Here were my favorites:



And the worst:


Castle: “Reality Star Struck” (Season 5 Episode 14)

castleBroadcast date:  Monday, Feb. 11th, 2013

We’re back to the Castle I enjoy – witty banter, a killer with a believable motive (scorned lover), and Castle doing something stupid and squirming to get out of the situation. When a reality star turns up dead, all signs point to one of the other cast members. Captain Gates turns out to be a big fan of the show and forces other team members to watch it and do their “homework”. There’s a hilarious scene where Castle and Gates discuss the show and it’s characters like a couple of obsessed fans. Throughout the show, Castle and Beckett have a repartee over whose Valentine’s Day gift is better. The most awkward moment of the show involved Castle mistakenly giving Beckett’s gift to Gates, at which point Gates exclaimed that she was married. The whole scene just felt awkward and forced. The show redeems itself at the end, with Beckett revealing her gift in a touching moment. One of the better episodes in the past few weeks…

Book Review: The Alloy of Law by Brandon Sanderson

The-Alloy-of-Law-by-brandon-sanderson-colourFormat:  Hard Cover, First Edition, 2011

Pages:  325

Reading Time:  about 5 hours

The Alloy of Law is not quite a sequel to the Mistborn trilogy, although it does take place several years after those events, in the same world. Some of the characters in Mistborn are referenced, but none of them are around for this book – except, perhaps, a few (sorry, no spoilers here!). Much of the innovative magic system has been retained, with some new wrinkles. There are other elements from the previous books still floating around too – like the Mists, Koloss, and canals.  Sanderson has hinted that there may be sequels to this book, but that’s not a sure thing. On to the review…

It’s been 300 years since the events of the first trilogy took place. Not content to leave his world mired in medieval times, Sanderson has moved technology forward to an industrialized setting, featuring rifles and revolvers, skyscrapers, trains, and electricity. In between some of the chapters you will find artwork simulating the pages of a newspaper; I found myself looking forward to these inserts and read them with great interest. It gives the story a very Sherlock Holmes/Jules Verne/Victorian/(almost) Steampunk feel, which is awesome. Many other authors have medieval-type cultures that make no technological process for thousands of years, so it’s great to see Sanderson do something different. Add to the fact that magic is still around, and you can get a feel for the chaos of how bullets can be made to fly around, people leaping off trains, etc. Into this setting comes Waxillium Landrian, a twin born who possesses both Allomancy (the burning of metals) and Feruchemy (storing up abilities to use later). Wax can push on metals with his Allomancy, as well as make himself heavier or lighter with Ferochemy. This is the closest you can get to being a Mistborn in the current age, as more abilities have been discovered but powers have been somewhat diluted. Wax was born a noble in the city of Elandel, but spent time in the Roughs, which is a sort of desert wilderness similar to America’s Old West. In the Roughs he was a lawman who tracked down criminals, but eventually he is called back to the city to run his family’s estate when his uncle dies.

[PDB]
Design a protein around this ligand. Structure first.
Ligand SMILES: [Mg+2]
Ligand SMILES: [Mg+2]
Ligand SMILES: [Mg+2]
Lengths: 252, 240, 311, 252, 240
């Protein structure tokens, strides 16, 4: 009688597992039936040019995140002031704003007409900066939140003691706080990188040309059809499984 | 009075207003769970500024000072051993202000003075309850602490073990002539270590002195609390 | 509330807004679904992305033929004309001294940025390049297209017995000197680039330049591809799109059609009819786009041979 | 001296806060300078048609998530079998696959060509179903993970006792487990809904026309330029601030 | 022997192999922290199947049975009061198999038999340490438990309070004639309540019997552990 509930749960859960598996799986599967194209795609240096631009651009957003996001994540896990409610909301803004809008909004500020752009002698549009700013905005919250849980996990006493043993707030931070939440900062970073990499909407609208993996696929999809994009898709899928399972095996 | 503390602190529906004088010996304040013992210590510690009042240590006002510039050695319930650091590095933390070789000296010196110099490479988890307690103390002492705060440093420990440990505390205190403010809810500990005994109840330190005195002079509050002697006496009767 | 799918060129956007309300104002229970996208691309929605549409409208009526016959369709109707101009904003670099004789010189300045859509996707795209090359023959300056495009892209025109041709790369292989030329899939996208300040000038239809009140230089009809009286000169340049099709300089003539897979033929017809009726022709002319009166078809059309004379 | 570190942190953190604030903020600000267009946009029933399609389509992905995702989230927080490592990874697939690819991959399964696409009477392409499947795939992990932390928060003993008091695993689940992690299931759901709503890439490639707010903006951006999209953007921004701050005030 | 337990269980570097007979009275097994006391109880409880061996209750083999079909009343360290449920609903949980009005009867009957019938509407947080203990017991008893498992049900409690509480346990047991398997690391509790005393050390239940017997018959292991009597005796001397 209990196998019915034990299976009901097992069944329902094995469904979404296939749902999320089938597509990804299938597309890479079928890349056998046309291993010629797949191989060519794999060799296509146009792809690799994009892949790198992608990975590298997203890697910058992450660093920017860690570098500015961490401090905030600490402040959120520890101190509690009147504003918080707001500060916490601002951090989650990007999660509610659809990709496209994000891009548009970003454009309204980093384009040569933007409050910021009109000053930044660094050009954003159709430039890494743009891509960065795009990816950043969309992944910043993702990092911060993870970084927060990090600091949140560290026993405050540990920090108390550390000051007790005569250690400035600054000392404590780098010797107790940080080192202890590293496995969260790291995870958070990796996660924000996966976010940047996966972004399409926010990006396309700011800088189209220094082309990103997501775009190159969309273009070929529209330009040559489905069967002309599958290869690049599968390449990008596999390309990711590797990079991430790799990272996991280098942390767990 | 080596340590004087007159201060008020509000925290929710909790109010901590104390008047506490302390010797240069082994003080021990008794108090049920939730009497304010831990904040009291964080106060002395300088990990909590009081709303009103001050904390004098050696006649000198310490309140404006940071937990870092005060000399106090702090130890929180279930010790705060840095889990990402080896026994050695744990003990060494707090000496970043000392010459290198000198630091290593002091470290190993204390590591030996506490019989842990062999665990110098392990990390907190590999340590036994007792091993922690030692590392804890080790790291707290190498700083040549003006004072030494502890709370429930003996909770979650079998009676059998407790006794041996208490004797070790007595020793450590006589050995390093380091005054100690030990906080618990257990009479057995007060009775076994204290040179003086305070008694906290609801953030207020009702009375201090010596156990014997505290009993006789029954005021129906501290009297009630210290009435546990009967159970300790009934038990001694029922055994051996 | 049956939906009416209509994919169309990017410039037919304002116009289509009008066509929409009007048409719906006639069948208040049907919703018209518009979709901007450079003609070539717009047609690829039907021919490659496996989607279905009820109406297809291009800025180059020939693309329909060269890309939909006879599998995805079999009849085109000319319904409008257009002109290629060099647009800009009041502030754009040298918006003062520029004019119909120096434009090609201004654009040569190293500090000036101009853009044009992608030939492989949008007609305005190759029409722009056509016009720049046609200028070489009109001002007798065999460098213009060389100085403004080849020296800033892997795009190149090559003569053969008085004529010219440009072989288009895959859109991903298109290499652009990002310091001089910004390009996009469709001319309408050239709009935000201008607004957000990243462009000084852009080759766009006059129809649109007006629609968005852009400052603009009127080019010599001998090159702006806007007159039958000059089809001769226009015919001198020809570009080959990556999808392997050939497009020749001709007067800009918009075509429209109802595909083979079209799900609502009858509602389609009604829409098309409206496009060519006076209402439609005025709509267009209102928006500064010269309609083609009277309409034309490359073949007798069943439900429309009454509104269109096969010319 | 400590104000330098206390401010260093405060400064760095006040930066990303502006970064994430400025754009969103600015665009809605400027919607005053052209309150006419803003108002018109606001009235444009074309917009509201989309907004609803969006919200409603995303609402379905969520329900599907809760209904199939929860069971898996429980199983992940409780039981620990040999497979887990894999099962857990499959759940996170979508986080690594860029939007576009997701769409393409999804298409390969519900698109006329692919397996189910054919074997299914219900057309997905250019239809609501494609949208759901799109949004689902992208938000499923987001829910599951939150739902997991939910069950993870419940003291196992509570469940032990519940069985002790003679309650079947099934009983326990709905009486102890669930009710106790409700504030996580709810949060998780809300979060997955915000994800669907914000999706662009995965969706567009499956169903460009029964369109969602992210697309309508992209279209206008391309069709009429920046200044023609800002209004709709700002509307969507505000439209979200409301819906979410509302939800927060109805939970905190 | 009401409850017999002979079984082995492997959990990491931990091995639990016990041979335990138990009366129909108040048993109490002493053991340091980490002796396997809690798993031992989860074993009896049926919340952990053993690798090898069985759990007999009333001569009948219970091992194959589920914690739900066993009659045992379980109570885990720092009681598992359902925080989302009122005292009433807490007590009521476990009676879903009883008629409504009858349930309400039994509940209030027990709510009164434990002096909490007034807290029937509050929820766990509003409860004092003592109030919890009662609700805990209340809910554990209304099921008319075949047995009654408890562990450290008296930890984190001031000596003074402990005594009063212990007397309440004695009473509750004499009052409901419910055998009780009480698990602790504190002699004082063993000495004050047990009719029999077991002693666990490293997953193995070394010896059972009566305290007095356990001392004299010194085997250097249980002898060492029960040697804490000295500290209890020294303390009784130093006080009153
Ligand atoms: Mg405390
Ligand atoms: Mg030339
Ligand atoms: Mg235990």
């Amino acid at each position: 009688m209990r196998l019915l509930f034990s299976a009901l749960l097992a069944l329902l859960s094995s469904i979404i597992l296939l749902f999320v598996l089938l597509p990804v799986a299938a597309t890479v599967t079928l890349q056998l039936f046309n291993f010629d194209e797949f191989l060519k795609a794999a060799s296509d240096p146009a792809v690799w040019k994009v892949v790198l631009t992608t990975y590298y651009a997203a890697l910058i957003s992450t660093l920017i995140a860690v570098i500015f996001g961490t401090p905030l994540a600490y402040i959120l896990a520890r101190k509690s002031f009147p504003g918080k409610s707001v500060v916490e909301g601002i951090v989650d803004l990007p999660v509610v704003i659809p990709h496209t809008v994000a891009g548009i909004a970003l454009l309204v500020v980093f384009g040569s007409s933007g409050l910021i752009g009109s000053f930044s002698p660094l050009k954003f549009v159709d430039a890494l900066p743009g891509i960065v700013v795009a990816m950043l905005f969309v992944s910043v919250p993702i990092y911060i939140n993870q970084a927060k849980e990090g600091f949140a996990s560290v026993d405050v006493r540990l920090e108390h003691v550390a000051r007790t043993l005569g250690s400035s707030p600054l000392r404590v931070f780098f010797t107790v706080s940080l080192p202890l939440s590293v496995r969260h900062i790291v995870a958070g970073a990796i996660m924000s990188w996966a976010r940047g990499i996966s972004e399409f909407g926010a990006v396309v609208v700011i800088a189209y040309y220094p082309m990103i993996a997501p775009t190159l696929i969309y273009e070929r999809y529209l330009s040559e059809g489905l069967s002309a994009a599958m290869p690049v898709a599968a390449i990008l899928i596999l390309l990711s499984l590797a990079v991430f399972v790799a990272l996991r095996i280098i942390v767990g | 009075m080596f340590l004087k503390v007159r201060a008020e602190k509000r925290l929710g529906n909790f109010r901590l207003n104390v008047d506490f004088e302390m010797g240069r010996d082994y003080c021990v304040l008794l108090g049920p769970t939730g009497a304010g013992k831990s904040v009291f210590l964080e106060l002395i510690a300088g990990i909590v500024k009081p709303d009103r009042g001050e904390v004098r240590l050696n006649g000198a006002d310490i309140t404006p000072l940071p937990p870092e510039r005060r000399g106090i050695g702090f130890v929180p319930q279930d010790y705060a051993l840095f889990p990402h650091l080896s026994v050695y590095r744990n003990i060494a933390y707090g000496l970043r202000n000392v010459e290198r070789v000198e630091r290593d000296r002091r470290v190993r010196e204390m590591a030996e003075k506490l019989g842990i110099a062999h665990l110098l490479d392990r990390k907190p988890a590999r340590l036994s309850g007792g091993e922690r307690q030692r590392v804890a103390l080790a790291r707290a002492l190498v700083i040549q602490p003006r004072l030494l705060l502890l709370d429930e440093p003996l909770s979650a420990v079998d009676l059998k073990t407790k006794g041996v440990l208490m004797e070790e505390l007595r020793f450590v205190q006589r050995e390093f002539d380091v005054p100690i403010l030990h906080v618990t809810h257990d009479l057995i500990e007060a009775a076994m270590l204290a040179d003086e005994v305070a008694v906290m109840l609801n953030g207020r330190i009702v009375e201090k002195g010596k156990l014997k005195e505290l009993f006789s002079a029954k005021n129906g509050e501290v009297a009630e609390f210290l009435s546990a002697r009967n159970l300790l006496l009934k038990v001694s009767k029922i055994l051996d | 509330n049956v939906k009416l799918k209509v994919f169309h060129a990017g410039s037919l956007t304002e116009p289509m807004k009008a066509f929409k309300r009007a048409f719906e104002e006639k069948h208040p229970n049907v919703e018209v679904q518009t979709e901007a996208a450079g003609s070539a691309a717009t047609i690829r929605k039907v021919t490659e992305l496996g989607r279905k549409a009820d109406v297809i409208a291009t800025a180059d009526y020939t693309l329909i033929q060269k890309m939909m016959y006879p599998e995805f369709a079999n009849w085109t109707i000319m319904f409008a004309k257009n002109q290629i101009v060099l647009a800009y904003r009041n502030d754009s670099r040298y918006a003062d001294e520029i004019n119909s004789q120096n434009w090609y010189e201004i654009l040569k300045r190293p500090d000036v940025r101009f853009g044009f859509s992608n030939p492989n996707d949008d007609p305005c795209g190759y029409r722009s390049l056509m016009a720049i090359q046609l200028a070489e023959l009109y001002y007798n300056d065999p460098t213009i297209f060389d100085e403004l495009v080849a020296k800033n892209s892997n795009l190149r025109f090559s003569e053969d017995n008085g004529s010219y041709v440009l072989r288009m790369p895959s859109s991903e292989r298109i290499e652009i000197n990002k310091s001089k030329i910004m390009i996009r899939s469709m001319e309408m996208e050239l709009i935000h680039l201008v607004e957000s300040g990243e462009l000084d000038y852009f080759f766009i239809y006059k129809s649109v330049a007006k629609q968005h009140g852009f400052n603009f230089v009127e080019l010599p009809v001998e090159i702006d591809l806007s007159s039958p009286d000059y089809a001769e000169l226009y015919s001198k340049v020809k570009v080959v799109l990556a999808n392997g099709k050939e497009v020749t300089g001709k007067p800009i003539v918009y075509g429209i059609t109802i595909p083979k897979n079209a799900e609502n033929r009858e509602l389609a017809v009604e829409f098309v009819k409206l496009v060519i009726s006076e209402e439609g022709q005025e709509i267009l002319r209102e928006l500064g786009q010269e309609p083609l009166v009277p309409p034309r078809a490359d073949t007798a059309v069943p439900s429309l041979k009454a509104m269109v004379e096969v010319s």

Accompanying Wax is Wayne, a former criminal turned deputy who worked with Wax in the Roughs. Wayne is a master of disguise and accents, and is also a twin born, who can create speed bubbles with his Allomancy and store health with his Feruchemy. The speed bubble allows Wayne to speed up time inside the bubble, giving him time to plan his maneuvers and move faster than his surroundings. We are also introduced to a myriad of other characters including Steris (the potential fiance of Wax), Marasi (cousin to Steris who becomes a major character), Tarson (an evil, part-Koloss thug), and Miles (another lawman from the Roughs). There are several other minor characters but they are not really fleshed out and remain for the most in the background.